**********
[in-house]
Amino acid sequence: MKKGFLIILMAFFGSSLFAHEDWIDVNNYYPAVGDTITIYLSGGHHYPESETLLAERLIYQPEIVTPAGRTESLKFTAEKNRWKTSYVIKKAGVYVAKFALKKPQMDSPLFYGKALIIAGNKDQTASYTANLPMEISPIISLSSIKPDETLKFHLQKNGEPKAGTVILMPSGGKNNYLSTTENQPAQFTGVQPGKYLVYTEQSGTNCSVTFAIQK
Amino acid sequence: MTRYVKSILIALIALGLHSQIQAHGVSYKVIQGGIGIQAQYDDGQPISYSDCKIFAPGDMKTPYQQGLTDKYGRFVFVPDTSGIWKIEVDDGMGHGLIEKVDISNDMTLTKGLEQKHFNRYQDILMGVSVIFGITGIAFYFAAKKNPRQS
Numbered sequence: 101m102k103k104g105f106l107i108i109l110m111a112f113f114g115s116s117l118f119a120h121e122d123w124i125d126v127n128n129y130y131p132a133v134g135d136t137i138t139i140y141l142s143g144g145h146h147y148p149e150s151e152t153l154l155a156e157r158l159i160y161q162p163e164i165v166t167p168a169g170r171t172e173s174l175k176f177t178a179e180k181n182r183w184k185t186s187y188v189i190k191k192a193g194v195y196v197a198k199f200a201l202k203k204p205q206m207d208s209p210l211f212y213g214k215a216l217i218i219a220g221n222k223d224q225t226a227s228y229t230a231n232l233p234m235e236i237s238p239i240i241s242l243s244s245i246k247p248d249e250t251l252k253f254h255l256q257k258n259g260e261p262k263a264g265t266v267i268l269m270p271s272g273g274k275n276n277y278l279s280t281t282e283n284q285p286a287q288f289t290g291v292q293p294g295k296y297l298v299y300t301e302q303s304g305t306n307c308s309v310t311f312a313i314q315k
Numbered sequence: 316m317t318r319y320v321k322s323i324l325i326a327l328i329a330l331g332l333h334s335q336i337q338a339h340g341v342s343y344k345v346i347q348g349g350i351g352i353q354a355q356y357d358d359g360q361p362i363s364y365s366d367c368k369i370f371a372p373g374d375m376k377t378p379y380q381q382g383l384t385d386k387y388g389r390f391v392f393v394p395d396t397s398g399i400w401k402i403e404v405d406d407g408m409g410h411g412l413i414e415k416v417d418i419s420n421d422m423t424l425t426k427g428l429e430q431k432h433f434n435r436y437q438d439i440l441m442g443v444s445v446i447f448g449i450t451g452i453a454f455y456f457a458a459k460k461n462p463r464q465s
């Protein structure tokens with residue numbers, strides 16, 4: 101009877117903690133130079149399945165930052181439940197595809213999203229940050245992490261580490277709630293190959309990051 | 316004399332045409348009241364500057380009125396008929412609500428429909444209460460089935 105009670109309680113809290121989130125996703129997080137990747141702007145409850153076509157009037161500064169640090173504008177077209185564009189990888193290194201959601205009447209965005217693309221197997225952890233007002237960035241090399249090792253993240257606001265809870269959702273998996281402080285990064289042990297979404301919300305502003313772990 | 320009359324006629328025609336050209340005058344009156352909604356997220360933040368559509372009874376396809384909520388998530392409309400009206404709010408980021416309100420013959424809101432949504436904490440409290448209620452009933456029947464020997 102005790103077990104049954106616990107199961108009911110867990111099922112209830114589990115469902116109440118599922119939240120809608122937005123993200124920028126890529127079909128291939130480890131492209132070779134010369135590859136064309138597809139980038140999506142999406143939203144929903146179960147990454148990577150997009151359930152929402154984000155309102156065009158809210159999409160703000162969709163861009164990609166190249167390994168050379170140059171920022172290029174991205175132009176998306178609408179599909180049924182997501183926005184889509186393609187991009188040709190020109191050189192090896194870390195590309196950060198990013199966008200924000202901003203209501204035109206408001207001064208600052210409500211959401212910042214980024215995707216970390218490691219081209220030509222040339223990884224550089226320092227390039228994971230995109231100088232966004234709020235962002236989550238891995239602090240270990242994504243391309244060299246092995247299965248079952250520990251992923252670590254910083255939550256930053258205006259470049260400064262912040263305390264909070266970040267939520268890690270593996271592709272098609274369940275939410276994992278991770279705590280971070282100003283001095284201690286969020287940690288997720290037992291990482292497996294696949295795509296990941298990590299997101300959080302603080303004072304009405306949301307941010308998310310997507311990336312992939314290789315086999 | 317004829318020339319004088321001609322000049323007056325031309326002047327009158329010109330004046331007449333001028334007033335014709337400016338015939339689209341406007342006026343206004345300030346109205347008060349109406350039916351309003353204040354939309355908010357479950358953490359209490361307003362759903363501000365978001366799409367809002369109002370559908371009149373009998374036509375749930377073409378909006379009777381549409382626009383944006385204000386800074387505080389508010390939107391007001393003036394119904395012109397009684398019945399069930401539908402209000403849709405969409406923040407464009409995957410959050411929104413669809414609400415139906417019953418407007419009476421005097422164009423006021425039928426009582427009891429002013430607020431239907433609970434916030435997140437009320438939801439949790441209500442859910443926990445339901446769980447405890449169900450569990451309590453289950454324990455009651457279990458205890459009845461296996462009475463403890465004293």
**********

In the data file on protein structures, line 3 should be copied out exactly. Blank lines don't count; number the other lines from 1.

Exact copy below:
Amino acid sequence: MTRYVKSILIALIALGLHSQIQAHGVSYKVIQGGIGIQAQYDDGQPISYSDCKIFAPGDMKTPYQQGLTDKYGRFVFVPDTSGIWKIEVDDGMGHGLIEKVDISNDMTLTKGLEQKHFNRYQDILMGVSVIFGITGIAFYFAAKKNPRQS